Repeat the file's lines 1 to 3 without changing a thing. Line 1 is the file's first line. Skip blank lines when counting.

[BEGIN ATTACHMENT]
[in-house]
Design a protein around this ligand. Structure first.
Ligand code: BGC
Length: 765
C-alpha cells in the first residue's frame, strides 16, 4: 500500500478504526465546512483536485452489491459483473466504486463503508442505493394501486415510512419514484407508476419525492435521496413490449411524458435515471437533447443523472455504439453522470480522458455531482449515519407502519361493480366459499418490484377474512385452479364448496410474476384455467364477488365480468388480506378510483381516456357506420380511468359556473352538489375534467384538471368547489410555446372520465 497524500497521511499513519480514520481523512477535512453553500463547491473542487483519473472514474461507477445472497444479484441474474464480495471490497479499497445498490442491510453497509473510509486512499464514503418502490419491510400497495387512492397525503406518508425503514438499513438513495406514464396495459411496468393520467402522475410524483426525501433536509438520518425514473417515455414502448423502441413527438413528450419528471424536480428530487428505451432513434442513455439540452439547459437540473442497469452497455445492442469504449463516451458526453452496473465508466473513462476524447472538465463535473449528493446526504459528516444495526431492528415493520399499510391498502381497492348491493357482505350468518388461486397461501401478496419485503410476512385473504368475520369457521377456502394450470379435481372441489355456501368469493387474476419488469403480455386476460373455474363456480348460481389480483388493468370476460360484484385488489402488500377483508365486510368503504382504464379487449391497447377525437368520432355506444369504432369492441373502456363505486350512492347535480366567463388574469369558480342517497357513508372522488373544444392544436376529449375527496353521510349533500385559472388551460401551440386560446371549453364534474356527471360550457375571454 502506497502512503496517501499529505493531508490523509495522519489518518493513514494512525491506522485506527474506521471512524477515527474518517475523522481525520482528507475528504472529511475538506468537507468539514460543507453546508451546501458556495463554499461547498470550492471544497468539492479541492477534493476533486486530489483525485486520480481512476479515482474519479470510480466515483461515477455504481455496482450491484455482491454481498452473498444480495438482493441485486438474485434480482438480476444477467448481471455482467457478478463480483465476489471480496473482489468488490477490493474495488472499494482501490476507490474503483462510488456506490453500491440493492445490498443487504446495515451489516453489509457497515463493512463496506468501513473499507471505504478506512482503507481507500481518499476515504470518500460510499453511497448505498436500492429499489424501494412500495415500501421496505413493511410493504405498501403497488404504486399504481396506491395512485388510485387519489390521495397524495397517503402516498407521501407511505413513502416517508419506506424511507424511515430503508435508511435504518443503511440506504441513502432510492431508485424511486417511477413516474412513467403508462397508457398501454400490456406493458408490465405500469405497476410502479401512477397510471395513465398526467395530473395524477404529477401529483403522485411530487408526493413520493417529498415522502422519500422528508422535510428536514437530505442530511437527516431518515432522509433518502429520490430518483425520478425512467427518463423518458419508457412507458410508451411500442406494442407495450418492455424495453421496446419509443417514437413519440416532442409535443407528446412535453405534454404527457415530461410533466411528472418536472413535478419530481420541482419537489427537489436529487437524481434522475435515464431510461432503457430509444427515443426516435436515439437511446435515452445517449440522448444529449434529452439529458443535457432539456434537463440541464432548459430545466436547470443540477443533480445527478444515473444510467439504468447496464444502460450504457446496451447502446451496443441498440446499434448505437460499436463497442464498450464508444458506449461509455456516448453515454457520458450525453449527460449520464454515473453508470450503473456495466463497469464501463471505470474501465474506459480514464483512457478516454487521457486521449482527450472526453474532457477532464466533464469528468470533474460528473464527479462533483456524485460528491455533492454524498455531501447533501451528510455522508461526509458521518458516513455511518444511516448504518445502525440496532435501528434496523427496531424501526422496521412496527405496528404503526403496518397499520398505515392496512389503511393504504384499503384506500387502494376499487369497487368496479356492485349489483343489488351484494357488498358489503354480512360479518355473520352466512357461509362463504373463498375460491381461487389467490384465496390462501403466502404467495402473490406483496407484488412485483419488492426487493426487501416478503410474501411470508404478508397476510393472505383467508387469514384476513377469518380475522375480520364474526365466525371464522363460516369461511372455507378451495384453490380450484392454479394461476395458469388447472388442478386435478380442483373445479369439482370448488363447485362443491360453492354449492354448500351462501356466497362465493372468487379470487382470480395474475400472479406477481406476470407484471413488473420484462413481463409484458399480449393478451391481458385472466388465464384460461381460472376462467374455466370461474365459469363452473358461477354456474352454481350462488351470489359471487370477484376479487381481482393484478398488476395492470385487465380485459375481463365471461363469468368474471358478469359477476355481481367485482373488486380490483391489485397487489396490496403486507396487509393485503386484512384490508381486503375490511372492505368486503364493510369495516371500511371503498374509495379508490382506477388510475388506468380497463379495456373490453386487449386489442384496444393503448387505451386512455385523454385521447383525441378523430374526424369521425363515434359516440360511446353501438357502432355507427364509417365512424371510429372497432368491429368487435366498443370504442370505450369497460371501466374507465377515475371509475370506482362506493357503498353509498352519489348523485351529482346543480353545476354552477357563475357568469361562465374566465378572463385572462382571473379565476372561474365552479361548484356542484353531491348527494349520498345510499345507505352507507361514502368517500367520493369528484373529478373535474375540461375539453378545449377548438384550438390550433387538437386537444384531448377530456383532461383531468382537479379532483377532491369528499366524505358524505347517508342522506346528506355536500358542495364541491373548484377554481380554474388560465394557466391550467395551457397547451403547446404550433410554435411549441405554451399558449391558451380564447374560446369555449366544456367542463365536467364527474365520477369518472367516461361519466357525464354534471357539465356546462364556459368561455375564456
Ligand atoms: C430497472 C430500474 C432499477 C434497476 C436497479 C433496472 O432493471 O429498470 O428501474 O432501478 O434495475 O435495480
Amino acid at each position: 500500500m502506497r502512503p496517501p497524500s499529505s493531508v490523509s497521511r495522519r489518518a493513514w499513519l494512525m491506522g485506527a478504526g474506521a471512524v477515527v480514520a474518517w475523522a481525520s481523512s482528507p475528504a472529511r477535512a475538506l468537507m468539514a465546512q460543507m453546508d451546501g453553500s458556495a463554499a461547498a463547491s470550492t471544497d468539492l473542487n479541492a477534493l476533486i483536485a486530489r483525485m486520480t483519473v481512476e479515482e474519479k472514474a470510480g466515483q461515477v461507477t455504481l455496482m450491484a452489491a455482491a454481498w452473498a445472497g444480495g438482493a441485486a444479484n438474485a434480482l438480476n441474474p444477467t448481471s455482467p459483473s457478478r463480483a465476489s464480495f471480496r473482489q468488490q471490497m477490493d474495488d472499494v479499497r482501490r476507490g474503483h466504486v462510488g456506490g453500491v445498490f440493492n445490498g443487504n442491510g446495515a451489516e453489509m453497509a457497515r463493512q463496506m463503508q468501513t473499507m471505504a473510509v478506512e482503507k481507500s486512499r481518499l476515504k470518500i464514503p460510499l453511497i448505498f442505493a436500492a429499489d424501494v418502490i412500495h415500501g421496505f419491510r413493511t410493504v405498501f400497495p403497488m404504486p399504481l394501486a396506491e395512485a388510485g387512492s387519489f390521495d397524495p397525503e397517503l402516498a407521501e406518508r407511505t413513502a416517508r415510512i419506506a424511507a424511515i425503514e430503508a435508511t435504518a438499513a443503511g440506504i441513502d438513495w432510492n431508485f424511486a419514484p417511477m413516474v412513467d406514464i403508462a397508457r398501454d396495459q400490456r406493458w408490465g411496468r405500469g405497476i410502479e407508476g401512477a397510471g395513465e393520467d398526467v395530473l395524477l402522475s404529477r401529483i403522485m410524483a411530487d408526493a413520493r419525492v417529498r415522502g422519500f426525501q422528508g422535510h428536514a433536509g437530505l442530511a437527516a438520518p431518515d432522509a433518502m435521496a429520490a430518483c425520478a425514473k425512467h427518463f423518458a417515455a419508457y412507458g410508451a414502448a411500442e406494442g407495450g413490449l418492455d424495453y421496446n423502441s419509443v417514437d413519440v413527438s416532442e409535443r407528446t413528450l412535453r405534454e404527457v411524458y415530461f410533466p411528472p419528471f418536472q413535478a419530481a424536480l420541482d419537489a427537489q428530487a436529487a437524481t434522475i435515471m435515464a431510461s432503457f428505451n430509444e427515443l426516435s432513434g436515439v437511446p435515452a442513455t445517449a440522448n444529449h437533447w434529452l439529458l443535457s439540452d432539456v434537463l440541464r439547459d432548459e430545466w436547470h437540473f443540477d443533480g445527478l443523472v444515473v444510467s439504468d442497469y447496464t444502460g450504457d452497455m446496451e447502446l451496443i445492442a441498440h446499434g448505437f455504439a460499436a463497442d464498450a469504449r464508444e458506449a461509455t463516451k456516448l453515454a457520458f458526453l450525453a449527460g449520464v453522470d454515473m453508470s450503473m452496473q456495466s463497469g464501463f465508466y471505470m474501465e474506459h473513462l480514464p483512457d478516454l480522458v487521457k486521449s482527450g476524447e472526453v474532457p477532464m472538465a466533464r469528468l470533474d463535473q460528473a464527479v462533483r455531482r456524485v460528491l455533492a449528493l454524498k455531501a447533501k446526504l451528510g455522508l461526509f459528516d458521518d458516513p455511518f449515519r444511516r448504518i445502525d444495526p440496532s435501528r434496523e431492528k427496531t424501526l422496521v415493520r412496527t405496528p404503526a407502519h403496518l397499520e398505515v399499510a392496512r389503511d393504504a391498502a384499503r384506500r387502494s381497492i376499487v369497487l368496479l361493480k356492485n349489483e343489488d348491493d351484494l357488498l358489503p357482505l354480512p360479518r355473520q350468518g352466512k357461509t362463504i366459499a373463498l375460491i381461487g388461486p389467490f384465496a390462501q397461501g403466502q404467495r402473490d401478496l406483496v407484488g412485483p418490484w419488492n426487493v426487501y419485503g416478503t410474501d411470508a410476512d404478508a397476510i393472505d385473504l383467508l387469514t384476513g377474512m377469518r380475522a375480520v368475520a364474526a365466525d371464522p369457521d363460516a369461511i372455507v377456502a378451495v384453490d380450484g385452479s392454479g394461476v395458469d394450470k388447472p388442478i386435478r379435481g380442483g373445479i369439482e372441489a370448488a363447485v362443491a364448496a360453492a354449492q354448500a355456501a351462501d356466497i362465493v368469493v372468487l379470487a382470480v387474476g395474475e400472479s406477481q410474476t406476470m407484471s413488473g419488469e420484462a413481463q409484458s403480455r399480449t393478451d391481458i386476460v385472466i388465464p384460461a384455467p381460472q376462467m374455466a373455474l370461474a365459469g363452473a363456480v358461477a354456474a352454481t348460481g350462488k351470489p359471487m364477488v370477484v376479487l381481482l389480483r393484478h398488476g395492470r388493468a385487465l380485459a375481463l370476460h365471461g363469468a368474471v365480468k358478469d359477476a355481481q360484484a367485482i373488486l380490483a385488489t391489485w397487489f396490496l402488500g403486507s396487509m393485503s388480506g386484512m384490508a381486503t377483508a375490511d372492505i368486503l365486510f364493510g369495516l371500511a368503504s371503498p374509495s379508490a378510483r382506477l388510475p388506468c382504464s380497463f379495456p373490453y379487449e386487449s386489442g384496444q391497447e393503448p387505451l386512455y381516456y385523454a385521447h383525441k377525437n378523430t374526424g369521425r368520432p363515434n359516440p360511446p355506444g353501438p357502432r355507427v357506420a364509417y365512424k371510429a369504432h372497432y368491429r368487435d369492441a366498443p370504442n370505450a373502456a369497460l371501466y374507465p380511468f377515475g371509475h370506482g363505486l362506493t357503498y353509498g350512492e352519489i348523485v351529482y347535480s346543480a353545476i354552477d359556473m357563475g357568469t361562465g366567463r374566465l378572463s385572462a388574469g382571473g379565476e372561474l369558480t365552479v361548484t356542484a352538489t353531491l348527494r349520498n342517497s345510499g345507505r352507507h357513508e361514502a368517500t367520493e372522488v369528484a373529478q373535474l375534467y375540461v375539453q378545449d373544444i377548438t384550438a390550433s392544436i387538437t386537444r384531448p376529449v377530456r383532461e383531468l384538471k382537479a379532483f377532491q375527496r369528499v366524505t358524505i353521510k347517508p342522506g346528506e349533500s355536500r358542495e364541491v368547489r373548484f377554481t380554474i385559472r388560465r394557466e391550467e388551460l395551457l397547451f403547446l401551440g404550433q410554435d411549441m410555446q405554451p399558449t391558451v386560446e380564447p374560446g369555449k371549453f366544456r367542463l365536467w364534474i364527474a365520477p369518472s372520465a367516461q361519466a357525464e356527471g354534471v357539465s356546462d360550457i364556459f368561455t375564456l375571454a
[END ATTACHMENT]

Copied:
[in-house]
Design a protein around this ligand. Structure first.
Ligand code: BGC